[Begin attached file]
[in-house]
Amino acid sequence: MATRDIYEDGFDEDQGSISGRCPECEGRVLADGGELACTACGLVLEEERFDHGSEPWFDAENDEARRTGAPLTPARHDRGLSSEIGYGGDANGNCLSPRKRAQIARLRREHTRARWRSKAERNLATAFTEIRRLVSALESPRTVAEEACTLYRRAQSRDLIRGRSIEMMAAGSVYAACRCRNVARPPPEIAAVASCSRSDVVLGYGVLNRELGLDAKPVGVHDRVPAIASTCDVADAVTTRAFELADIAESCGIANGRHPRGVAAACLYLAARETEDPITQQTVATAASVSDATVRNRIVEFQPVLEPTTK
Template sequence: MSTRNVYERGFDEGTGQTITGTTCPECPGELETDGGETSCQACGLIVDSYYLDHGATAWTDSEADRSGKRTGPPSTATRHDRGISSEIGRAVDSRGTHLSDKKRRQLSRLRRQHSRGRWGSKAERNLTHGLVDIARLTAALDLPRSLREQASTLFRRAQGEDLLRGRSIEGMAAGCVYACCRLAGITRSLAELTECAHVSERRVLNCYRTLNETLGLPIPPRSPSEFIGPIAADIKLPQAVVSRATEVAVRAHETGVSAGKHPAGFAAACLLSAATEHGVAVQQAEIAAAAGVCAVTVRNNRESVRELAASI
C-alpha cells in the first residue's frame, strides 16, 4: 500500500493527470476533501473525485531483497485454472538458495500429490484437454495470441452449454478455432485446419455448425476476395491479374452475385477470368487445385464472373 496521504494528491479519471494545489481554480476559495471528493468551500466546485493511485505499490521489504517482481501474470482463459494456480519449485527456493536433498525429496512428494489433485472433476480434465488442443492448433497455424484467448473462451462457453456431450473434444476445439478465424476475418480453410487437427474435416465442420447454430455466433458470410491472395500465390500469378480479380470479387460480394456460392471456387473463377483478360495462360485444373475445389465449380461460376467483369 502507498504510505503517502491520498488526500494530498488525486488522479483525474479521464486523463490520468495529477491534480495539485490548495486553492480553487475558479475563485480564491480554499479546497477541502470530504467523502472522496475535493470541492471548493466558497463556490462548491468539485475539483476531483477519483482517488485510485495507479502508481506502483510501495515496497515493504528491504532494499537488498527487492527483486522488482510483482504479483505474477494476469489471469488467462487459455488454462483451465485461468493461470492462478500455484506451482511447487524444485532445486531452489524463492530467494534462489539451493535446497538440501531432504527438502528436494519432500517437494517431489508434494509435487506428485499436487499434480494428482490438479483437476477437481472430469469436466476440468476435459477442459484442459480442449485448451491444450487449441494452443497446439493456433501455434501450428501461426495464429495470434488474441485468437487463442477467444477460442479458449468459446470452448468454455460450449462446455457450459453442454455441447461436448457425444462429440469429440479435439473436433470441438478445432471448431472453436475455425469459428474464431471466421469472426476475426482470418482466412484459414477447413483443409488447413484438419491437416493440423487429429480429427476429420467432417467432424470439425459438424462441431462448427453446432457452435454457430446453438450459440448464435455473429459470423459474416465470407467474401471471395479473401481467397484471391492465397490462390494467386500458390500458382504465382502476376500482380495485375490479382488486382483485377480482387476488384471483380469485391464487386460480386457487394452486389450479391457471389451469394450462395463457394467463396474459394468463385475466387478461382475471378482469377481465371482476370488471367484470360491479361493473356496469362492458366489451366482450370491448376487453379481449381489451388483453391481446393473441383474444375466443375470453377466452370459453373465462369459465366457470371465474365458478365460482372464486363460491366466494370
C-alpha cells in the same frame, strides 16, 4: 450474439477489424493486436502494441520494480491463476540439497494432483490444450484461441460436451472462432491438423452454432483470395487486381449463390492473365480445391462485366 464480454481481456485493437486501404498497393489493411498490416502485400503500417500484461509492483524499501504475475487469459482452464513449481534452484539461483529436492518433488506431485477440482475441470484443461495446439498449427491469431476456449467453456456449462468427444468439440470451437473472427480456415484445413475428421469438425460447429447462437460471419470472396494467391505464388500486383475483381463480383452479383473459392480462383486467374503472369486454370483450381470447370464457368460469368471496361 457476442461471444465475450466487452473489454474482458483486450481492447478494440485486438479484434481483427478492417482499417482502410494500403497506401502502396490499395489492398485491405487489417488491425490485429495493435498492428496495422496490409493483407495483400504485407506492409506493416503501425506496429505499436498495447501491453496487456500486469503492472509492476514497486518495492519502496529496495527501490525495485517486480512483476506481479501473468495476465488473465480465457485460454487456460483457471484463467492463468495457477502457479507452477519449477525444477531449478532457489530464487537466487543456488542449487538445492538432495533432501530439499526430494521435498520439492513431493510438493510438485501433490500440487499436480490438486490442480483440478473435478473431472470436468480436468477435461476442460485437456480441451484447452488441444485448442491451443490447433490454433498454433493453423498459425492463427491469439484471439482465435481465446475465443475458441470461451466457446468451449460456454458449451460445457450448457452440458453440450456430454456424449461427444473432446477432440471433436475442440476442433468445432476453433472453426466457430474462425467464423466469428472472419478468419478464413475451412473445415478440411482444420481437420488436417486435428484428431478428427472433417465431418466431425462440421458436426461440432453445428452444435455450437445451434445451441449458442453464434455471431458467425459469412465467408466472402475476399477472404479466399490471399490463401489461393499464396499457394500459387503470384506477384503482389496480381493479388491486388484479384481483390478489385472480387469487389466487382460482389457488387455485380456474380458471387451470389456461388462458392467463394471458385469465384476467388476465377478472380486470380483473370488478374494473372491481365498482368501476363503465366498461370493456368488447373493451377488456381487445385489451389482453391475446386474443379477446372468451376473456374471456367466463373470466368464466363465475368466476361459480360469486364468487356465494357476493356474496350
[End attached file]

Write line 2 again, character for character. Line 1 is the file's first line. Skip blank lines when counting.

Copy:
Amino acid sequence: MATRDIYEDGFDEDQGSISGRCPECEGRVLADGGELACTACGLVLEEERFDHGSEPWFDAENDEARRTGAPLTPARHDRGLSSEIGYGGDANGNCLSPRKRAQIARLRREHTRARWRSKAERNLATAFTEIRRLVSALESPRTVAEEACTLYRRAQSRDLIRGRSIEMMAAGSVYAACRCRNVARPPPEIAAVASCSRSDVVLGYGVLNRELGLDAKPVGVHDRVPAIASTCDVADAVTTRAFELADIAESCGIANGRHPRGVAAACLYLAARETEDPITQQTVATAASVSDATVRNRIVEFQPVLEPTTK